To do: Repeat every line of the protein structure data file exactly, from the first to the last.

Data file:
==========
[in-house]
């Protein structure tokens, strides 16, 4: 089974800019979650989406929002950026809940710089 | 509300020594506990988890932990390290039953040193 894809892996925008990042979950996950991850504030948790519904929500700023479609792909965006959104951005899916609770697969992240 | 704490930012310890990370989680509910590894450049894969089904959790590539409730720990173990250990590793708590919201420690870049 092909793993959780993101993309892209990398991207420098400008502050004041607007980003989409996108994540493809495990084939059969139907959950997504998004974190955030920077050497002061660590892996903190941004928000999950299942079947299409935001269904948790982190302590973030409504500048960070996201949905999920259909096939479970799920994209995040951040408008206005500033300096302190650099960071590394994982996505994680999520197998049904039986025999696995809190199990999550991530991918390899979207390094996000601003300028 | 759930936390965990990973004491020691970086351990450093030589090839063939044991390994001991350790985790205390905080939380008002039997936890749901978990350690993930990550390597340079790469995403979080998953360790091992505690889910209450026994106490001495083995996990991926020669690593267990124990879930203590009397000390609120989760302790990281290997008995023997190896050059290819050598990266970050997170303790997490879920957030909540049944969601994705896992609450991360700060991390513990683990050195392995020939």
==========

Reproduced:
[in-house]
């Protein structure tokens, strides 16, 4: 089974800019979650989406929002950026809940710089 | 509300020594506990988890932990390290039953040193 894809892996925008990042979950996950991850504030948790519904929500700023479609792909965006959104951005899916609770697969992240 | 704490930012310890990370989680509910590894450049894969089904959790590539409730720990173990250990590793708590919201420690870049 092909793993959780993101993309892209990398991207420098400008502050004041607007980003989409996108994540493809495990084939059969139907959950997504998004974190955030920077050497002061660590892996903190941004928000999950299942079947299409935001269904948790982190302590973030409504500048960070996201949905999920259909096939479970799920994209995040951040408008206005500033300096302190650099960071590394994982996505994680999520197998049904039986025999696995809190199990999550991530991918390899979207390094996000601003300028 | 759930936390965990990973004491020691970086351990450093030589090839063939044991390994001991350790985790205390905080939380008002039997936890749901978990350690993930990550390597340079790469995403979080998953360790091992505690889910209450026994106490001495083995996990991926020669690593267990124990879930203590009397000390609120989760302790990281290997008995023997190896050059290819050598990266970050997170303790997490879920957030909540049944969601994705896992609450991360700060991390513990683990050195392995020939």